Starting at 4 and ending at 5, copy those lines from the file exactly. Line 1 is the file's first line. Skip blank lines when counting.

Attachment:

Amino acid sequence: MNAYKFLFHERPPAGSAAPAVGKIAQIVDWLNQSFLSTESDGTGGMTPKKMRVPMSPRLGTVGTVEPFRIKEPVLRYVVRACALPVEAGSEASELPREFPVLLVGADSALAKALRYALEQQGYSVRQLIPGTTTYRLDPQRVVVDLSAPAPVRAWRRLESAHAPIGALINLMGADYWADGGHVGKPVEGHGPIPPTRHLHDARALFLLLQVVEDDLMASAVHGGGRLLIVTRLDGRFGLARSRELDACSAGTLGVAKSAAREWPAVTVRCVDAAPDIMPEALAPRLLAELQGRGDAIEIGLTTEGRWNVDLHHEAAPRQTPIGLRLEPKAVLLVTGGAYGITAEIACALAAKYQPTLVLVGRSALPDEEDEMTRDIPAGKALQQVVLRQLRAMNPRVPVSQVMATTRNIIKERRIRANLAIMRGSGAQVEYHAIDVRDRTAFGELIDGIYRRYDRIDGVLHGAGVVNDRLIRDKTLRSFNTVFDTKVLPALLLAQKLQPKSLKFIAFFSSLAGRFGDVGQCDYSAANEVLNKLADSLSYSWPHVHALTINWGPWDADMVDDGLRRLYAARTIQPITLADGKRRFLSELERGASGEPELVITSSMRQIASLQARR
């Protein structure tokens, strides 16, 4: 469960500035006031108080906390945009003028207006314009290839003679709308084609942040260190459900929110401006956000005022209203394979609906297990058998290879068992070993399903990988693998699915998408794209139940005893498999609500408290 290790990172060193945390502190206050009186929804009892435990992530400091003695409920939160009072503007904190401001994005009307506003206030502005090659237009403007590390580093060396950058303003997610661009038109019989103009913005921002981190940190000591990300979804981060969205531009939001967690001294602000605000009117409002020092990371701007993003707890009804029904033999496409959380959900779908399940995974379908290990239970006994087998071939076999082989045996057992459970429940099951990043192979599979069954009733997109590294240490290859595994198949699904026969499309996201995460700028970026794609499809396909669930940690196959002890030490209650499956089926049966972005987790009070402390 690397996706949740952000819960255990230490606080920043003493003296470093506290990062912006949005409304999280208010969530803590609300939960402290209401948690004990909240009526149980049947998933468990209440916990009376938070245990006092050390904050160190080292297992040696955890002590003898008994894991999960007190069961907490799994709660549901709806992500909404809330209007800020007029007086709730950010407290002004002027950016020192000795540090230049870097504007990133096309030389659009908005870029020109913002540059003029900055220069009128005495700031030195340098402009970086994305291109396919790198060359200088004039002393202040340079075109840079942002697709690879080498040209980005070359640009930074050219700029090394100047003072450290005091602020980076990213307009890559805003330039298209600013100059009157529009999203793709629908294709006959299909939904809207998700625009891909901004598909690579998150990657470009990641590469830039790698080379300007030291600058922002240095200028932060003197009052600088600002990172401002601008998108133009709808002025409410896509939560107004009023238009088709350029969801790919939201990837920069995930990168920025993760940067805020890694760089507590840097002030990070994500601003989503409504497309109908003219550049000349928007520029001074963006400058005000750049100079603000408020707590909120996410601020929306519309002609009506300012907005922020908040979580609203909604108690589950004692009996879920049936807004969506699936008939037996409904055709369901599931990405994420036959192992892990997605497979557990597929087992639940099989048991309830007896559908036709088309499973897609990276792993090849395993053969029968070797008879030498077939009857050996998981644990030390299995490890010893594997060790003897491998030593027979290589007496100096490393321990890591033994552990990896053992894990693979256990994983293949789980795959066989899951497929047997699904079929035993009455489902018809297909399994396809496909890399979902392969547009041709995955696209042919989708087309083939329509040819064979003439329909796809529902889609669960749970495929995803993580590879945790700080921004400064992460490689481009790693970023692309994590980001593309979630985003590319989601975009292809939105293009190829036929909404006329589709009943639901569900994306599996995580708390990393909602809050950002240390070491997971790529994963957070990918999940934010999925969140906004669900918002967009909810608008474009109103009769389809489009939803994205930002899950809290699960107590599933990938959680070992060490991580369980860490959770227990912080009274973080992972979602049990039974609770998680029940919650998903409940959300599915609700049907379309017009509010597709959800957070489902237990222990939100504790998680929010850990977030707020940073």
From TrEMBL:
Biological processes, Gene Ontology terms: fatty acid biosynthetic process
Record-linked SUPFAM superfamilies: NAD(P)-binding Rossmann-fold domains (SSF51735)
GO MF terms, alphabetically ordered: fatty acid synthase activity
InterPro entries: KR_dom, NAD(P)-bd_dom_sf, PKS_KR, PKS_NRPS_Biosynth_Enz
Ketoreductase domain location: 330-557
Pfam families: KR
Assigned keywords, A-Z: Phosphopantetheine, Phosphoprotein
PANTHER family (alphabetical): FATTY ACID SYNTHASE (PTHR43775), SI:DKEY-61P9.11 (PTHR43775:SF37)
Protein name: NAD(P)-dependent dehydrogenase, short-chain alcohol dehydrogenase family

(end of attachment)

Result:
Biological processes, Gene Ontology terms: fatty acid biosynthetic process
Record-linked SUPFAM superfamilies: NAD(P)-binding Rossmann-fold domains (SSF51735)